Picture Everyone Naked: Students Tackle Stage Fright

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Picture Everyone Naked: Students Tackle Stage Fright

Becca Siegel, Staff Writer

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To performers, stage fright can act as a tremendous barrier. Sometimes actors will forget their lines, public speakers their presentations, or dancers their routines, so petrified by the expansiveness of the stage and the pressure to succeed.

Everyone experiences stage fright, from sixth graders dancing for their parents to Broadway performers, Theatre, Dance & Film Studies Department Chair Allison Kolinski said.

Stage fright manifests itself, in varying degrees, as a feeling of nausea and stress, co-President of Horace Mann Theater Company (HMTC) Ben Rosenbaum (11) said.

Rosenbaum has had many experiences with stage fright, usually in the form of messing up his lines, he said. “The clearest instance in my mind is one time in seventh grade, in The Music Man, when I had a scene where I said ‘All Aboard!’ and someone cut me off and I thought I screwed up and almost passed out from that fear,” Rosenbaum said.

HMTC member Charlotte Pinney (11) also experiences stage fright in a similar way, she said. She feels a pit in her stomach before every performance, and although it has lessened as she has performed more, she still gets scared and nervous before going on stage, Pinney said. This feeling, however, subsides as Pinney begins to perform, she said.

“Although [stage fright] is terrible, it gives you the adrenaline you need to focus and just perform,” Pinney said.

To Cameron Levy (12), who has been acting for four years and played Professor Callahan in the school’s production of Legally Blonde last year, stage fright does not usually present a problem, he said. The bright spotlights onstage blind him, and he is unable to see the audience, Levy said.

“You can just look out into that sea of darkness and perform for yourself. Performing for myself helps me to concentrate on my performance and feel less vulnerable in the presence of the audience,” Levy said.

Theater teacher Alexis Dahl tries to teach her students that stage fright can be used as fuel for a performance.

In order to prepare her students for the stage, Dahl teaches them breath work, she said. In one of her breathing exercises, she instructs her students to unlock their knees while performing. This tactic helps her students relax their abdomens and breathe in a deeper way than they normally would when standing rigidly, Dahl said. Breathing more deeply helps to de-stress her students and make them focus less on their fear of the stage and more on their performance, she said.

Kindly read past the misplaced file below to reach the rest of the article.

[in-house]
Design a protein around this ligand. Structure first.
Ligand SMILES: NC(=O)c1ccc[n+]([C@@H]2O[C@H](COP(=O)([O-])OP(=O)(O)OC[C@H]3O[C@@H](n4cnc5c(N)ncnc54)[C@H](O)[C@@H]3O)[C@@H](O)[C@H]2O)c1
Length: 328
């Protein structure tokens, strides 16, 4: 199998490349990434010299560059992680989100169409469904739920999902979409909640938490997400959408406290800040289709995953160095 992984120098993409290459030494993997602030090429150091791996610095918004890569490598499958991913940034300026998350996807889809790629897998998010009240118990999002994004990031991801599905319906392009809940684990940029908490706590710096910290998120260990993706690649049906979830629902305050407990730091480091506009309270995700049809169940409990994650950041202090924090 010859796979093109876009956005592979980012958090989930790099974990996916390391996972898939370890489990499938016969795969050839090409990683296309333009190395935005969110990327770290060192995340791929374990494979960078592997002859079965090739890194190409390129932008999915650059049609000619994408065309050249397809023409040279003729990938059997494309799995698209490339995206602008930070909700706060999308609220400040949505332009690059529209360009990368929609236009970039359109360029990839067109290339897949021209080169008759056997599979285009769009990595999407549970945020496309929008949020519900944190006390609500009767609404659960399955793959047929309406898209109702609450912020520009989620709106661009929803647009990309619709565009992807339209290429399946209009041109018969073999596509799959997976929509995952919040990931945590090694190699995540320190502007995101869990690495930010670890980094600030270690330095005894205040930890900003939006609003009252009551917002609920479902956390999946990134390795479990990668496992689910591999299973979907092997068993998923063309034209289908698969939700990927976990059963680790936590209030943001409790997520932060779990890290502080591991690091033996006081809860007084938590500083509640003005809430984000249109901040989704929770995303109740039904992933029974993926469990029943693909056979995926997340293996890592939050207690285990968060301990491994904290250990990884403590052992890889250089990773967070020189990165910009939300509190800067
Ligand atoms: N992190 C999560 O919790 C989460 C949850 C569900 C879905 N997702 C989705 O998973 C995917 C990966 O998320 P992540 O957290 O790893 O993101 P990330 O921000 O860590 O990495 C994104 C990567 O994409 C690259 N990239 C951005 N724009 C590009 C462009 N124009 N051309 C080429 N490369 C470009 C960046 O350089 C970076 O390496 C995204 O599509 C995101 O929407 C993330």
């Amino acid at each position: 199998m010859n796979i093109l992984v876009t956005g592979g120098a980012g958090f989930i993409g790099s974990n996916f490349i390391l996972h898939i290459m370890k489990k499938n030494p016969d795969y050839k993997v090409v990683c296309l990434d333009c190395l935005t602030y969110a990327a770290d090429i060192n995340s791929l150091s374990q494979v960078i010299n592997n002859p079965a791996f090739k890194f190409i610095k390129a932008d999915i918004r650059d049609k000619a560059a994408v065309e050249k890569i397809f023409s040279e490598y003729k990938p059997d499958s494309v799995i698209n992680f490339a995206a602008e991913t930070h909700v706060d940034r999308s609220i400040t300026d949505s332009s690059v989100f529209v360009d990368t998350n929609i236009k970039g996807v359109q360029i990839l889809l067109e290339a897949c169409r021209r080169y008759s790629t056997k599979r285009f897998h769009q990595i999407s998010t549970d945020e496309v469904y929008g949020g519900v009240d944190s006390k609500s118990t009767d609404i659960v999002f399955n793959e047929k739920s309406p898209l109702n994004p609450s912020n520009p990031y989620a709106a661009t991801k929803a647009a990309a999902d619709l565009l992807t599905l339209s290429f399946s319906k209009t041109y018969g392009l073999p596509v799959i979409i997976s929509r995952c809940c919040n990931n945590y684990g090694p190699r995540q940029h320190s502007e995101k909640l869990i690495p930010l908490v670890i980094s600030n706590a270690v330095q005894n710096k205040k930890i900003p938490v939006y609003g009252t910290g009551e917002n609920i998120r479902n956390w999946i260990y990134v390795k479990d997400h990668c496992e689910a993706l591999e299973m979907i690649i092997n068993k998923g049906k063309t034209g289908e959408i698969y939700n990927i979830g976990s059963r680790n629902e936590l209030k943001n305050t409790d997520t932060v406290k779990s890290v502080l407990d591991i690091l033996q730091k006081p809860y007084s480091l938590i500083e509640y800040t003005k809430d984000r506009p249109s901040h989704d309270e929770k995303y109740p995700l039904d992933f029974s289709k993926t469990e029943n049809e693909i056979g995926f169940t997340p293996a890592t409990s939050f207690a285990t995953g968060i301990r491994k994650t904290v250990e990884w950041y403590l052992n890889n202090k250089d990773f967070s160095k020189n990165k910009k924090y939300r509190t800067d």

Pinney has adapted Dahl’s breathing techniques and uses a four-seven-eight technique, where you inhale for four seconds, hold the breath for seven seconds, and then exhale for eight seconds. This technique usually helps her re-center herself and feel more secure, Pinney said.

Rosenbaum also uses this method of four-seven-eight breathing to calm himself before performing, he said.

Theater teacher Ben Posner focuses his teaching around memorization of lines and character, and this helps students to become less scared of the stage, he said. “More often than not, stage fright comes as a result of a fear of making a mistake, so we build in run-ups to the show so that the students have more of an experience in front of an audience and know that it is okay to make mistakes and be scared,” Posner said.

Co-Student Body President Daniel Posner (12), however, does not feel that memorization lessens his stage fright before speaking at school-wide assemblies. “I don’t ever memorize what I am going to say. Instead, I try to get outside of myself and focus on the message that I am trying to convey to the audience,” said Daniel Posner. The stage fright gives him the adrenaline and energy to perform, he said.

Director of Senior Reflections Dr. Adam Casdin encourages his presenting seniors to follow a combination of the philosophies of Ben Posner and Daniel Posner’s in order to remedy stage fright. He tells them not to memorize their speeches, but to become familiar with the words in order lessen their nerves, Casdin said.

Casdin advises the reflecting seniors to “speak to the ninth graders” in order to give each of their speeches a direct audience and give the speakers a sense of comfort in the students that look up to them, he said.

“When I was performing on Broadway, I always had a little bit of stage fright before the curtain would go up. What I would tell myself then and what I tell my students now is that you just have to breathe into the stage fright and trust that you know what you are going to do,” Kolinski said.